Elasticity in the Storage of distributed Hadoop Cluster
🤔🤔Have you ever thought that how we can automate the storage size as and when required ?? Yes !! It is possible 🤩. We have already discussed about how to use a storage block, through the concept of partitioning.
Today we will implement such a powerful concept of Elasticity in the storage i.e., Logical Volume Management (LVM). Lets discuss about it with deep insights then we will move towards the implementation.
What is the Problem Statement ?
Suppose we have a requirement of extending the storage capacity of our datanote without loosing the previously stored data. It seems to be normal but it is not !! Because when we mount a new block of storage it will remove the previous format or file system of that directory.
Hint : We will be using the concept of LVM.
Logical Volume Management is the concept of Linux. In Linux, Logical Volume Manager (LVM) is a device mapper framework that provides logical volume management for the Linux kernel. Most modern Linux distributions are LVM-aware to the point of being able to have their root file systems on a logical volume.
Lets move to the implementation. Right now i have already setup a hadoop cluster, where i have one Master and One Slave node. Here i am going to show how we can dynamically increase the storage size of this Slave node, further you can implement it on as many nodes as you can.
Step 1 : Check the running and configured Hadoop Cluster
Since, we do not require much storage in our MasterNode. So we will move to the Slave node, this time i have attached two external EBS volumes one of 20 GiB and other is 30 GiB.
Step 2 : Check the available volumes.
To check the available hard disk in our data node, we use “fdisk -l” command :
Now my plan is to use these highlighted EBS Volumes but not separately, in a combined form i.e., we want a combined capacity of 50 GiB and here we have that is 20 GiB + 30 GiB.
These separate volumes are also known as Physical Volumes(PV). When we combine them and create a single block (logically ) then that logical block will be known as Volume Group(VG).
This Volume Group will be treated as a new device. This will be called a Logical Volume (because it is not real).
Step 3: Create a Volume Group
To create a volume group, we require physical volume. To convert this block devices into the physical volume we use the command “pvcreate device_path”
Before using this command, we need to install the tool/software that will implement this concept for us i.e., lvm2.
Command : “yum install lvm2 -y”
Now, create two physical volumes one of 20 GiB and other for 30 GiB.
Check whether they have been created or not ?? Using command “pvdisplay ”
So we have two physical volumes, lets bind them in a single logical block. to create one , we use the command “vgcreate vg_name pv_name”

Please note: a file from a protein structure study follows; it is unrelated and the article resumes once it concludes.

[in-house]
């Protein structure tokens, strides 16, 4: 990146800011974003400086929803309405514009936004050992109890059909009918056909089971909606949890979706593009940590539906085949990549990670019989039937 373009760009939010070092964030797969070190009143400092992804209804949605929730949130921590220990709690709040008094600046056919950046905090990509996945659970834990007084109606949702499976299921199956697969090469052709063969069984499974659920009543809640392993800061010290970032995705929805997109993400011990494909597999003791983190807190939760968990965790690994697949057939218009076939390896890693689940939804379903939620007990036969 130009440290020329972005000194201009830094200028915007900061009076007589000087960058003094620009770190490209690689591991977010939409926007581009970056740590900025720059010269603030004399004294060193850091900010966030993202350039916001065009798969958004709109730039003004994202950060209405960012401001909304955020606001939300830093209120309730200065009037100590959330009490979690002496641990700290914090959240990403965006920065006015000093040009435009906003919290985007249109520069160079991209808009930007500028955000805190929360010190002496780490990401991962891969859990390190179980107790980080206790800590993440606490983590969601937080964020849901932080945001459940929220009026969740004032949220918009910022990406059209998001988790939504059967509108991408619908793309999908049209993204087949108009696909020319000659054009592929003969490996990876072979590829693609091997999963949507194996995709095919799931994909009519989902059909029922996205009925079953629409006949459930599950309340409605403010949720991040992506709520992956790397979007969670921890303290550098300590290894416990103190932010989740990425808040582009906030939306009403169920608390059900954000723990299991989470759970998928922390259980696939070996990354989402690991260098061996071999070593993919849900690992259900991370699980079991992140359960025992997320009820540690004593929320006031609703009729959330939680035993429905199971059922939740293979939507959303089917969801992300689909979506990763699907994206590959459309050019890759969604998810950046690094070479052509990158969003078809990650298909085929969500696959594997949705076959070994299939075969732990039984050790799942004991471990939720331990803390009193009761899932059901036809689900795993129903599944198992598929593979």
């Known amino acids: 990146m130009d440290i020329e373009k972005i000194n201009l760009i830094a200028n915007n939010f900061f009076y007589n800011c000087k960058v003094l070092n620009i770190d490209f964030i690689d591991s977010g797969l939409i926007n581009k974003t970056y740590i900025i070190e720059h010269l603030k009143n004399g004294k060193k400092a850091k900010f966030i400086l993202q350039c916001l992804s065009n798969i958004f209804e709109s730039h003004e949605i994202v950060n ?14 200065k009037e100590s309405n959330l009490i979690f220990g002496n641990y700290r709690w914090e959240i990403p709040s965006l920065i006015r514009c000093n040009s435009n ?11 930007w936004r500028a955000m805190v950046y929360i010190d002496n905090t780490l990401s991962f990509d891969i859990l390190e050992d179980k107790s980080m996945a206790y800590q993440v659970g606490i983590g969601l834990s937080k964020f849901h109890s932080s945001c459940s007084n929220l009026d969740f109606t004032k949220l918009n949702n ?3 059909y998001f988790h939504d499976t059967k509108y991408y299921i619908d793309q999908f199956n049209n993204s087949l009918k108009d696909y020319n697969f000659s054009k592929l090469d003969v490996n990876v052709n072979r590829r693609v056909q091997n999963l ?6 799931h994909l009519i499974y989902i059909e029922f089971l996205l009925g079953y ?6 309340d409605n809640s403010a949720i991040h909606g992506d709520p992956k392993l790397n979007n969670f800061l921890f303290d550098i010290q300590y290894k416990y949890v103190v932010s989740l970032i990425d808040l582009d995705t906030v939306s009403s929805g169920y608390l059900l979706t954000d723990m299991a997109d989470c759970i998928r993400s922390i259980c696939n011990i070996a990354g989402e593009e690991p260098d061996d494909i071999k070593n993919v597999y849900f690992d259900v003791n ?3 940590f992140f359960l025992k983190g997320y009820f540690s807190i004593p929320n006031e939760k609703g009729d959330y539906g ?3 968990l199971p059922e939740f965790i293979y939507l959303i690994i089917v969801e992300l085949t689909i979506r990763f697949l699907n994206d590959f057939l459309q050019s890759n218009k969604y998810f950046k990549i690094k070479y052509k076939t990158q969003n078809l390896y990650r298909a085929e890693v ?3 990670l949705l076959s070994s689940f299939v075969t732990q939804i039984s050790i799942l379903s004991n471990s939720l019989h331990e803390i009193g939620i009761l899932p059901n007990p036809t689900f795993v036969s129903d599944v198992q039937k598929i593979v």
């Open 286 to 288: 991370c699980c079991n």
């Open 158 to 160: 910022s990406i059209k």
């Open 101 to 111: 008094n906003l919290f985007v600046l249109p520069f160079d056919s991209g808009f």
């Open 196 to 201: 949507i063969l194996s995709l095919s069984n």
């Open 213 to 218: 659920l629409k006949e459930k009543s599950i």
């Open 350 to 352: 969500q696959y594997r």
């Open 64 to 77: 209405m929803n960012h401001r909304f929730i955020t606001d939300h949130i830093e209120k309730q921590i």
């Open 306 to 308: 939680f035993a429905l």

Lets look its status, using command “vgdisplay vg_name”
An interesting fact about volume group is that , we can as many volumes as we want.
So we are all set with the volume group. Now we are ready to create logical partitions and to use them. 🤩🤩We can create as many partitions as we want.
Step 4: Create a Logical volume of some specific size (as per the requirement).
To create a logical volume, we use the command
To get the information about this logical volume, we use the command “lvdisplay vg_name/lv_name”
Note : We can have multiple Volume groups in a system.
Step 5: Using the created Logical Volume by mounting it to the Slave Node storage folder.
In my case, the storage folder is /dn.
To mount this logical block on this storage directory, we use the command “mount block_name directory_name” but before mounting we need to format this first!! to format i am using mkfs.ext4 file System.
Now our volume is ready to be mounted!!
Check whether it has been mounted or not, we use “lsblk” command
Quickly, lets check that it has been updated in the cluster or not ?
Now store some data into the cluster
To put the data, i have used “hadoop fs -put filename /”
Suppose there is a situation where we have completely used the capacity of this storage block and we want some more storage to be added in the same without loosing the previously stored data. Here comes the benefits of extending this storage size.
Step 6: Extend the storage size
To extend the storage, we use the command
Lets check its status
Since in the details of the logical volume it is showing that its size is increased to 40 GB from 35 GB. But right now we have 35 GB , a formatted block and 5 GB , an unformat block. It is very much obvious that we cannot allocate the unformat block to store some data in it.
The actual structure of the logical block will be :
Now this is the situation where we cannot use mkfs to format that part, because if we use this, then the complete device will be reformatted and we will loose our data that we have previously installed. So here we use “resize2fs path_of_lv” command.
Now, if we check the allocation status we will get the updated block size
Lets check the status of hadoop cluster
Wait a min 🤔!!we haven’t checked that our previous data is being there or not??
🤩🤩yeah!!! we have complete data. You can match the timing of the data that was visited and its availability.
I hope you like this concept, and i believe that this would be helpful to you — to solve the great industry use cases. 😇
💫Keep Sharing, Keep Learning💫
Thank You !!!